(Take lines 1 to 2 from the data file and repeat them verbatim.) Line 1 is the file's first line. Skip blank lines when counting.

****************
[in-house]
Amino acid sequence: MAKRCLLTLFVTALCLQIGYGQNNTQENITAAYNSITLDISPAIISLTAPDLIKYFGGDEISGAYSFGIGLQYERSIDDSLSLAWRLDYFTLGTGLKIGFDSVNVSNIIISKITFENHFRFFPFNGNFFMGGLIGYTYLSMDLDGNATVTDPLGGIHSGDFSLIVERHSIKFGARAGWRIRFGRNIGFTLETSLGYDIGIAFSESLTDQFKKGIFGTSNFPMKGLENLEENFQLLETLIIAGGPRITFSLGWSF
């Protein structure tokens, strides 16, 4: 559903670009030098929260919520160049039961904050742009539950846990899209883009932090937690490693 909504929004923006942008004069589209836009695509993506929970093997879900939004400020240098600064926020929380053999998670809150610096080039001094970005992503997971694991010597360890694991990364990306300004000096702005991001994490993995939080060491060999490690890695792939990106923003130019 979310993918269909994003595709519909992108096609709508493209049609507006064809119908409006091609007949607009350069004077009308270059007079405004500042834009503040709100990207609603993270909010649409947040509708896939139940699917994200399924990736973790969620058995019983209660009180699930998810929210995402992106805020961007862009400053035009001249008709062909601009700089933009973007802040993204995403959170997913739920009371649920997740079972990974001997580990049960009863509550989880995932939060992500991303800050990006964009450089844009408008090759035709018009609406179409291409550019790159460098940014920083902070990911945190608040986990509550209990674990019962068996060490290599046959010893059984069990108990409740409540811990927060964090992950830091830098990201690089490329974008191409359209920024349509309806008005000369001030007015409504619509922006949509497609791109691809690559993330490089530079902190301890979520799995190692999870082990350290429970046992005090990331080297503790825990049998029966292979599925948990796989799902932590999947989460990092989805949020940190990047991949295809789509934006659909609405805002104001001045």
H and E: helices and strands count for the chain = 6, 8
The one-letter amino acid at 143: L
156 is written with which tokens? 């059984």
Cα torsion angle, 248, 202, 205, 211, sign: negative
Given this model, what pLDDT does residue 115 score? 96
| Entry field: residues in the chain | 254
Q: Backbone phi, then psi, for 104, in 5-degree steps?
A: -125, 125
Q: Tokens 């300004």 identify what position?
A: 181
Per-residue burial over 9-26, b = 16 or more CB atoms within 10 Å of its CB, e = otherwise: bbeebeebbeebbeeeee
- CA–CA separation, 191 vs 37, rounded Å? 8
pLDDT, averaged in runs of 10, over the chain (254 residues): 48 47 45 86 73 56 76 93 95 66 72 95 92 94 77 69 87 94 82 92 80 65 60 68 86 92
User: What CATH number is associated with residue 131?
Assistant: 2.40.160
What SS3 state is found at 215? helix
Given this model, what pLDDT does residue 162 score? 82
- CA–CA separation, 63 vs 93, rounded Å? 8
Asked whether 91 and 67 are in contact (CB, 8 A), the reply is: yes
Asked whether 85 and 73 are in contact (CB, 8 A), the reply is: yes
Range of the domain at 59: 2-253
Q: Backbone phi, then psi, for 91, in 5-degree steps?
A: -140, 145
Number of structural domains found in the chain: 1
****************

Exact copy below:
[in-house]
Amino acid sequence: MAKRCLLTLFVTALCLQIGYGQNNTQENITAAYNSITLDISPAIISLTAPDLIKYFGGDEISGAYSFGIGLQYERSIDDSLSLAWRLDYFTLGTGLKIGFDSVNVSNIIISKITFENHFRFFPFNGNFFMGGLIGYTYLSMDLDGNATVTDPLGGIHSGDFSLIVERHSIKFGARAGWRIRFGRNIGFTLETSLGYDIGIAFSESLTDQFKKGIFGTSNFPMKGLENLEENFQLLETLIIAGGPRITFSLGWSF